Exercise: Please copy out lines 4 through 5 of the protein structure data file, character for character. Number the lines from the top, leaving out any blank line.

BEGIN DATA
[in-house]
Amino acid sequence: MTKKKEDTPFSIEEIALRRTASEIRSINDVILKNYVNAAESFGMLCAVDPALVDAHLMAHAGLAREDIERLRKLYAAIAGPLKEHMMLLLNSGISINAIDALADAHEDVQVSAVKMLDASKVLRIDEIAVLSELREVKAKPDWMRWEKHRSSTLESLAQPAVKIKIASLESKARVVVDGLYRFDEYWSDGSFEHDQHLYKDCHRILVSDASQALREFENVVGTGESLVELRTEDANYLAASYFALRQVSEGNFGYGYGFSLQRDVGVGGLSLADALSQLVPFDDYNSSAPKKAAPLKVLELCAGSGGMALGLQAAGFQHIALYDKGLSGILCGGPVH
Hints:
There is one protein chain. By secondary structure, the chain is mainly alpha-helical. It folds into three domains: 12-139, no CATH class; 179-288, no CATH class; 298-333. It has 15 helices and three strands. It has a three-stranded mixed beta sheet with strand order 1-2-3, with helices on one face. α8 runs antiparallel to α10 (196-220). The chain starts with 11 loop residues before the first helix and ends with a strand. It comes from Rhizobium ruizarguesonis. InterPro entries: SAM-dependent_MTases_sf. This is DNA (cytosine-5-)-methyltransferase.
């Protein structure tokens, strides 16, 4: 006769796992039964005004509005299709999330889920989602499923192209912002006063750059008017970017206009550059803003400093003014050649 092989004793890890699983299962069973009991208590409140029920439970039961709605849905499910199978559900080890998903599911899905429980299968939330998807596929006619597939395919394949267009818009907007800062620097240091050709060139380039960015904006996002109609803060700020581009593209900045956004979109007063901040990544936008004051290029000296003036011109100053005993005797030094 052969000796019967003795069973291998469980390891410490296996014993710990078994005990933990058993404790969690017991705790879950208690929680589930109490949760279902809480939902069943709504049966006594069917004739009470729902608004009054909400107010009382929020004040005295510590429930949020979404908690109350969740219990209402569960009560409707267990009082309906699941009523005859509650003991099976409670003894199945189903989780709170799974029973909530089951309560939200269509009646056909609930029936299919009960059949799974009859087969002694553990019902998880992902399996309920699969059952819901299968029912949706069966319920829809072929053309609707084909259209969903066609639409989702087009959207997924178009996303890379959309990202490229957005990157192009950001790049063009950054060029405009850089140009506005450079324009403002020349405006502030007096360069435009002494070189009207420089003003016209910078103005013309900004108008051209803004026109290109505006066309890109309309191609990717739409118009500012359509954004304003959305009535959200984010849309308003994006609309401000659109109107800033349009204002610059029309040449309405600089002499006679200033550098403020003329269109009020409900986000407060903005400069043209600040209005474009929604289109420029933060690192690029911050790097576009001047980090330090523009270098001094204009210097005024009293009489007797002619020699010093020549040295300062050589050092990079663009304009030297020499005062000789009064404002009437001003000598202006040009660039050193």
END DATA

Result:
There is one protein chain. By secondary structure, the chain is mainly alpha-helical. It folds into three domains: 12-139, no CATH class; 179-288, no CATH class; 298-333. It has 15 helices and three strands. It has a three-stranded mixed beta sheet with strand order 1-2-3, with helices on one face. α8 runs antiparallel to α10 (196-220). The chain starts with 11 loop residues before the first helix and ends with a strand. It comes from Rhizobium ruizarguesonis. InterPro entries: SAM-dependent_MTases_sf. This is DNA (cytosine-5-)-methyltransferase.
């Protein structure tokens, strides 16, 4: 006769796992039964005004509005299709999330889920989602499923192209912002006063750059008017970017206009550059803003400093003014050649 092989004793890890699983299962069973009991208590409140029920439970039961709605849905499910199978559900080890998903599911899905429980299968939330998807596929006619597939395919394949267009818009907007800062620097240091050709060139380039960015904006996002109609803060700020581009593209900045956004979109007063901040990544936008004051290029000296003036011109100053005993005797030094 052969000796019967003795069973291998469980390891410490296996014993710990078994005990933990058993404790969690017991705790879950208690929680589930109490949760279902809480939902069943709504049966006594069917004739009470729902608004009054909400107010009382929020004040005295510590429930949020979404908690109350969740219990209402569960009560409707267990009082309906699941009523005859509650003991099976409670003894199945189903989780709170799974029973909530089951309560939200269509009646056909609930029936299919009960059949799974009859087969002694553990019902998880992902399996309920699969059952819901299968029912949706069966319920829809072929053309609707084909259209969903066609639409989702087009959207997924178009996303890379959309990202490229957005990157192009950001790049063009950054060029405009850089140009506005450079324009403002020349405006502030007096360069435009002494070189009207420089003003016209910078103005013309900004108008051209803004026109290109505006066309890109309309191609990717739409118009500012359509954004304003959305009535959200984010849309308003994006609309401000659109109107800033349009204002610059029309040449309405600089002499006679200033550098403020003329269109009020409900986000407060903005400069043209600040209005474009929604289109420029933060690192690029911050790097576009001047980090330090523009270098001094204009210097005024009293009489007797002619020699010093020549040295300062050589050092990079663009304009030297020499005062000789009064404002009437001003000598202006040009660039050193």